Hol­i­day Hum­bug


The World of Chinese - - Tea Leaves -

Hal­loween may have passed but the con­tro­versy sur­round­ing Western hol­i­days in China has not. On Novem­ber 1, a woman com­plained on­line that chil­dren at a lo­cal Fam­ily Mart had been tak­ing candy di­rectly from the shelves, and get­ting staff to pay for it.

The post was shared more than 40,000 times as ne­ti­zens huffed about Hal­loween: “Isn’t that rob­bery?” “Is it nec­es­sary for Chi­nese peo­ple to cel­e­brate this fes­ti­val?” “It’s not ap­pro­pri­ate to ask for candy from peo­ple who don’t cel­e­brate Hal­loween.” (Fam­ily Mart re­sponded that it was a vol­un­tary event ini­ti­ated by staff).

The de­bate over whether Chi­nese should en­joy Hal­loween, or other Western-style fes­ti­vals, con­tin­ues. Hu Ping, a par­ent from Liaon­ing prov­ince, com­plained that her three-yearold’s kinder­garten teach­ers “de­manded par­ents pre­pare

pump­kins and cos­tumes for the kids, which took a lot of time.” More­over, the class did noth­ing for the Chongyang Fes­ti­val, a tra­di­tional Chi­nese hol­i­day that took place just be­fore Hal­loween this year. “Now I worry that when Christ­mas comes, I will have to find a Santa for my kid.”

Hu had rea­son to worry: Christ­mas is even more pop­u­lar in China than Hal­loween. In first-tier cities, Santa Claus stands (of­ten, in­ex­pli­ca­bly, with a sax­o­phone) in shop­ping malls, and restau­rants, sur­rounded by dec­o­ra­tions, while car­ols play over sound sys­tems. For many Chi­nese, who have no re­li­gious ba­sis for cel­e­brat­ing Christ­mas, the hol­i­day is sim­ply a night out with­out any spir­i­tual mean­ing. It’s enough to have an ex­cuse to spend money and have some fun.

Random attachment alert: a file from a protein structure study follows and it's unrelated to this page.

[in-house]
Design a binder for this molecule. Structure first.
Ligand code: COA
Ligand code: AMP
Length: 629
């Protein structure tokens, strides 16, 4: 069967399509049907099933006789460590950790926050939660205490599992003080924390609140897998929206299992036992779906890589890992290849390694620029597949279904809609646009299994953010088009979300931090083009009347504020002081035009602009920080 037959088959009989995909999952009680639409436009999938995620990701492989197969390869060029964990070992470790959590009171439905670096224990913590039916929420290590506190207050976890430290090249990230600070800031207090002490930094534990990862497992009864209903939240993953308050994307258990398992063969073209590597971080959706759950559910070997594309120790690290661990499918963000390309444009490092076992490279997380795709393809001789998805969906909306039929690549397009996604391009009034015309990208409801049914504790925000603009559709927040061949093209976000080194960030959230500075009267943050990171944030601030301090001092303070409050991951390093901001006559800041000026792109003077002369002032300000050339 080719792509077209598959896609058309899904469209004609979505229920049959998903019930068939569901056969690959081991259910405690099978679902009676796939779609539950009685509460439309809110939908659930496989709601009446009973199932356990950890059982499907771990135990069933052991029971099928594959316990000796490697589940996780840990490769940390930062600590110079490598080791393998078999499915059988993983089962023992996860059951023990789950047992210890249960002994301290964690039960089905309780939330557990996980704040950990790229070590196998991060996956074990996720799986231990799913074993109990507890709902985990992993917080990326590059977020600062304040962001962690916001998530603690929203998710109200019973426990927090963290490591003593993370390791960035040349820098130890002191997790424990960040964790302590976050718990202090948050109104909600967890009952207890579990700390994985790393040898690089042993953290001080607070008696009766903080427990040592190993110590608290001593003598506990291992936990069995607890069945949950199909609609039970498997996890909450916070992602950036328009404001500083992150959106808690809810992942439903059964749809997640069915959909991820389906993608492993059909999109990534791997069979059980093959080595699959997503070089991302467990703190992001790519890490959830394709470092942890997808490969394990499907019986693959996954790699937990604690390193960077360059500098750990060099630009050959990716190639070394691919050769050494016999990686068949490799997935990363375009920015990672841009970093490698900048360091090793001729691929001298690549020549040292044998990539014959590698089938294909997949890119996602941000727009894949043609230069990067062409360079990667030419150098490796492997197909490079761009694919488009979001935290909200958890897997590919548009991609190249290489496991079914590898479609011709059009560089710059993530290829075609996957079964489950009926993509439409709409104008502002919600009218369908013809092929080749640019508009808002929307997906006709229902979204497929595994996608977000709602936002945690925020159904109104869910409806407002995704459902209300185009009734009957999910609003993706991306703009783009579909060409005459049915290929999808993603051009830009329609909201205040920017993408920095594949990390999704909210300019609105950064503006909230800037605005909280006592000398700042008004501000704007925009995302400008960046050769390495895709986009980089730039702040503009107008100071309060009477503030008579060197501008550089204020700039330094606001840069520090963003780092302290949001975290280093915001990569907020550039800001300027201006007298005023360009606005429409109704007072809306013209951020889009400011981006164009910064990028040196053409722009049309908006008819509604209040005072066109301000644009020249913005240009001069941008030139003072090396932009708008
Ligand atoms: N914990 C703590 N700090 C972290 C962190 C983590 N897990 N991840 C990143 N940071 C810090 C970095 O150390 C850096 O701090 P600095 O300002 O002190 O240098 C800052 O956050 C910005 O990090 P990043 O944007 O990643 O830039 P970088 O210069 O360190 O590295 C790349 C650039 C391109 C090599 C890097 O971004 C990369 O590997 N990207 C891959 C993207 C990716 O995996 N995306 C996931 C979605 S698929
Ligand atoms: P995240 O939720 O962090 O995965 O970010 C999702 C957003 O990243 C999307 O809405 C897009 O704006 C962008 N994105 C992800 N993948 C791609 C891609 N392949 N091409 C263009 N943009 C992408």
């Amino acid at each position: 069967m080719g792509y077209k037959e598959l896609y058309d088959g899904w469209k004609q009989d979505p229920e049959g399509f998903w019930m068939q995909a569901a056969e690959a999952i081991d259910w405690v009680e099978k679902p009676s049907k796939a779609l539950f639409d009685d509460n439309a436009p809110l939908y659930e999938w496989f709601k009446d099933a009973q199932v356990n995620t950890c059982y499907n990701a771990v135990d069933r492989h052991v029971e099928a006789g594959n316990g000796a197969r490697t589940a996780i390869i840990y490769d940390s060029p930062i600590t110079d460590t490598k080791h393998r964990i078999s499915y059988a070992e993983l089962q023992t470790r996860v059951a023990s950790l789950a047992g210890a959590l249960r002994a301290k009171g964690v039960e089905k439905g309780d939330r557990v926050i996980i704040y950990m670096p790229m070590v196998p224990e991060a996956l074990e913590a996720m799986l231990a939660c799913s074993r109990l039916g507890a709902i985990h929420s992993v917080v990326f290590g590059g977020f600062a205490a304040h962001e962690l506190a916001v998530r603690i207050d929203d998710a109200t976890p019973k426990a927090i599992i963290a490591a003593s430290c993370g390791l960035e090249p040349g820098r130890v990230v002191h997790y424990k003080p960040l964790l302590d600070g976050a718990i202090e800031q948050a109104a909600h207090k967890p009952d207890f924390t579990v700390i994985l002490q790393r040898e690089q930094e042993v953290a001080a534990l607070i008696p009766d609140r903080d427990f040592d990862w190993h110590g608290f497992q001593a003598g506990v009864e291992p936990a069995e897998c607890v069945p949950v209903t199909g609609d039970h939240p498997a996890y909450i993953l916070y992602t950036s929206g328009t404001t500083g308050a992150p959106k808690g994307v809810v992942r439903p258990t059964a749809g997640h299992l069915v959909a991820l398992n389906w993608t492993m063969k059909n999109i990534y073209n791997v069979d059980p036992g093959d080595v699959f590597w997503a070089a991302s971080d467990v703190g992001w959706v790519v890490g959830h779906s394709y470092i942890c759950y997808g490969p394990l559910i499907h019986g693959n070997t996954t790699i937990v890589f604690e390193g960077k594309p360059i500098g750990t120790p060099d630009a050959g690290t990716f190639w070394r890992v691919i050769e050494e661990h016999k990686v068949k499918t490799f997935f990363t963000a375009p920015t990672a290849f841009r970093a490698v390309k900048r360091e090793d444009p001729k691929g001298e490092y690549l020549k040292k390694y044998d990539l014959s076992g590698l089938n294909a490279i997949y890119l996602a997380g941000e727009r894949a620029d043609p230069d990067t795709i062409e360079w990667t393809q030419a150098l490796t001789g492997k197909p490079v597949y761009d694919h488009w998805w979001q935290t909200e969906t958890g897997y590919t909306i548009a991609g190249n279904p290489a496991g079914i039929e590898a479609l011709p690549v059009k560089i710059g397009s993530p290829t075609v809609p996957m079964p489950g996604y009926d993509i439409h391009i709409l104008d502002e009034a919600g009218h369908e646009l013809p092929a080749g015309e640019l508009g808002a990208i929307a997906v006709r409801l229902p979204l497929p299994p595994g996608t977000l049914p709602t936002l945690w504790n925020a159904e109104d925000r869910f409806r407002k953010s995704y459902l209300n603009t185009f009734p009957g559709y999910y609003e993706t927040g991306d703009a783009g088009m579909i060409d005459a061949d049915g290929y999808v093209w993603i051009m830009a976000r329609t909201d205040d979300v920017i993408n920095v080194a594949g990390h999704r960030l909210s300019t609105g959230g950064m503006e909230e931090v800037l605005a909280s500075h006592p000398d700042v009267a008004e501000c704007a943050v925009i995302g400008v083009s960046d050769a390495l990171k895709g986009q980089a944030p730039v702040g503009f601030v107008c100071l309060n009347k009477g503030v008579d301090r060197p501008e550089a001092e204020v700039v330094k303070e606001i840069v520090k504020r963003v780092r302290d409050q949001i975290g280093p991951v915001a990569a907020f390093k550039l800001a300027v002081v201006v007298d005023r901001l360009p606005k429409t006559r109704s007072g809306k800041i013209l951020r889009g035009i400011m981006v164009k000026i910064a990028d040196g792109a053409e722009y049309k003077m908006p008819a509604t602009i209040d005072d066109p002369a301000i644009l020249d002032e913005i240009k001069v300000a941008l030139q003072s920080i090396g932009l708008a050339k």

Of course, not ev­ery­one is ready to em­brace the spirit of Christ­mas. In 2014, the ed­u­ca­tion bu­reau in the coastal city of Wen­zhou, Zhe­jiang prov­ince, tried to ban Yule­tide ac­tiv­i­ties in lo­cal schools and kinder­gartens. The same year, Mod­ern Col­lege at Xi’an’s North­west Univer­sity pro­hib­ited its stu­dents from cel­e­brat­ing Christ­mas, in­stead, mak­ing them watch a doc­u­men­tary about tra­di­tional Chi­nese cul­ture on Christ­mas Eve.

But such boy­cotts don’t rep­re­sent the wider pub­lic. One Weibo poll of 60,000 users found that 53 per­cent were op­posed to the col­lege’s ban, while 47 per­cent sup­ported it. Christ­mas lovers ar­gued that most Chi­nese peo­ple also cel­e­brate New Year on Jan­uary 1, which is also tech­ni­cally a Western hol­i­day. Oth­ers dis­missed Christ­mas as a mean­ing­less shop­ping day.

“I don’t think Western fes­ti­vals should be boy­cotted, nor do I think they should be forced on peo­ple,” says Hu. “Peo­ple can choose for them­selves. Why does ev­ery­one have to do the same things?” – SUN JIAHUI (孙佳慧)

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